Your elbow is a joint formed where the arm and forearm bones come together, called the humerus, the radius, and the ulna, along with associated muscles, ligaments, tendons, and connective tissue. If anything occurs to any of these parts, or the blood vessels and nerves around them, it can cause you pain.
The common signs and symptoms of elbow pain include:
- A dull ache when at rest
- Weak grip
- Soreness around the affected elbow bump
- Pain when opening the fingers (Tennis elbow)
- Pain when making a fist (Golfer’s elbow)
- Difficulties, pain, or numbness when trying to grasp things, especially with the arm stretched out.
There are multiple causes of elbow pain. Most of them are due to strain or overuse of the joint, usually due to work, hobbies, sports, or accidents. Following are the most common causes;
Sprains and strains: Sprains are tearing or stretching of ligaments that connect two bones, while a strain is a term used to describe tearing or stretching of the tendon or muscle. A tendon is a fibrous tissue that connects muscle to bone.
Bursitis: Inflammation of the bursae (a fluid-filled sac that cushions bones in the elbow) can be a cause of elbow pain
Tendinitis: Irritation or inflammation of the tendons that attach bones to muscles in the elbow is usually due to overuse injury.
Golfer’s elbow: known as medial epicondylitis, this condition develops due to inflammation of the tendon and the muscles of the forearm, where they are attached to the bony prominence of the inner elbow.
Tennis elbow: Also called lateral epicondylitis, tennis elbow is due to inflammation of the tendon or muscles of the forearm, where they are attached to the outer elbow joint.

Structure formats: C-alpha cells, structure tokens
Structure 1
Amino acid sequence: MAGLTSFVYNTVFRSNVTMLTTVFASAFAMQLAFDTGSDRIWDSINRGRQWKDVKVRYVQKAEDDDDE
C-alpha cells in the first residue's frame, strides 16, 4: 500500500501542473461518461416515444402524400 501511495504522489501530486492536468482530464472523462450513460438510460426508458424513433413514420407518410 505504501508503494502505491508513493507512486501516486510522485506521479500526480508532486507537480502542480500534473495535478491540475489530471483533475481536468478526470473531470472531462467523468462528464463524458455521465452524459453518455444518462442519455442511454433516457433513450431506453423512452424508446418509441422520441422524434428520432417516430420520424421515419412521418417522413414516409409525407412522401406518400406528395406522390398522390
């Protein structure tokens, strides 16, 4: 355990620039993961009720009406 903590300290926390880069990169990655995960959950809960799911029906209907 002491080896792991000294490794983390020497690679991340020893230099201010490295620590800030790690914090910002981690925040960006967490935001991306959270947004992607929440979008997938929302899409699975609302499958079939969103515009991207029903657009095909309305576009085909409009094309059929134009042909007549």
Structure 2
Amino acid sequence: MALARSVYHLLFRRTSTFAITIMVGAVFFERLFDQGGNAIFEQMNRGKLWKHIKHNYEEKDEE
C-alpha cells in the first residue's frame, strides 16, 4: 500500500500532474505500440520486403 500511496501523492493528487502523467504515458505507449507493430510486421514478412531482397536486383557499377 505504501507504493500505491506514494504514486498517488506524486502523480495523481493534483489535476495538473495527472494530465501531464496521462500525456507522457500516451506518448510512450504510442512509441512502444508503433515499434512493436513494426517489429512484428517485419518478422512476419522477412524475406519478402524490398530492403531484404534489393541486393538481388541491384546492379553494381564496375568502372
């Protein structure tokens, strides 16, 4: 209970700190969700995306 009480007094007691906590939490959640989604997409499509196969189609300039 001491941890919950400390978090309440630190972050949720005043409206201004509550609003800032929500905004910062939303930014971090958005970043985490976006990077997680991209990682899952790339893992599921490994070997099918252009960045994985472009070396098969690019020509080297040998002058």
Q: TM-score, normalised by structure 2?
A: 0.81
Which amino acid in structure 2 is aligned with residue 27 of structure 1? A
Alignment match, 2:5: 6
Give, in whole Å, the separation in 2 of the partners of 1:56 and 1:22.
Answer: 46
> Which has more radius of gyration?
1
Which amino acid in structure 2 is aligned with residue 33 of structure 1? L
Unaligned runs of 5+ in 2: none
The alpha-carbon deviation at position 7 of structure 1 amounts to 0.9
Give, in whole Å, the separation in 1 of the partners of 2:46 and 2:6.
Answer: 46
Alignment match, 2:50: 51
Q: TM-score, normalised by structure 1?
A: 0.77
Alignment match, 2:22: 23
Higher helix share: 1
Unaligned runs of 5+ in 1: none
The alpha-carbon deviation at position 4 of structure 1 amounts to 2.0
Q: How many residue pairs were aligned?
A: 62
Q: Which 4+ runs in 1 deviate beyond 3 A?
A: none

Injuries: Trauma to any part of the elbow joint or connected structures such as blunt trauma, accidents, or crush injuries can cause pain in the elbow joint.
Your physician can diagnose elbow pain through:
Medical history and physical examination
- CT scan
- MRI scan
- Electromyography (EMG) studies
- Biopsy of the bursa fluid
Treatment of the elbow pain varies depending on the symptoms you experience and elbow disorder. Most conditions require conservative treatment, while surgical intervention is a last resort if your symptoms are not improving. The most common treatment options include:
Cold massage therapy helps lower the production of pro-inflammatory chemicals. It is one of the effective ways to soothe irritation and reduce inflammation of the affected joint.
Resting your affected elbow for a few helps stimulate the healing process, especially in cases of tennis elbow and Golfer’s elbow. You can use a brace to hold your arm in place.
Non-steroidal anti-inflammatory drugs (NSAIDs)
The use of over the counter NSAIDs can help relieve pain and reduce inflammation. The most effective options include naproxen and ibuprofen.
Physical therapy is useful in many ways. It helps increase flexibility by modifying the way you move your arm. Exercises advised by a physiotherapists such as wrist turn, wrist lift, and elbow bend can help restore range of motion.
This alternative way of treatment is becoming more and more popular to correct the underlying cause of the injury. If you don’t have a fractured elbow, chiropractic adjustments can help restore strength and promotes healing without surgery or medication.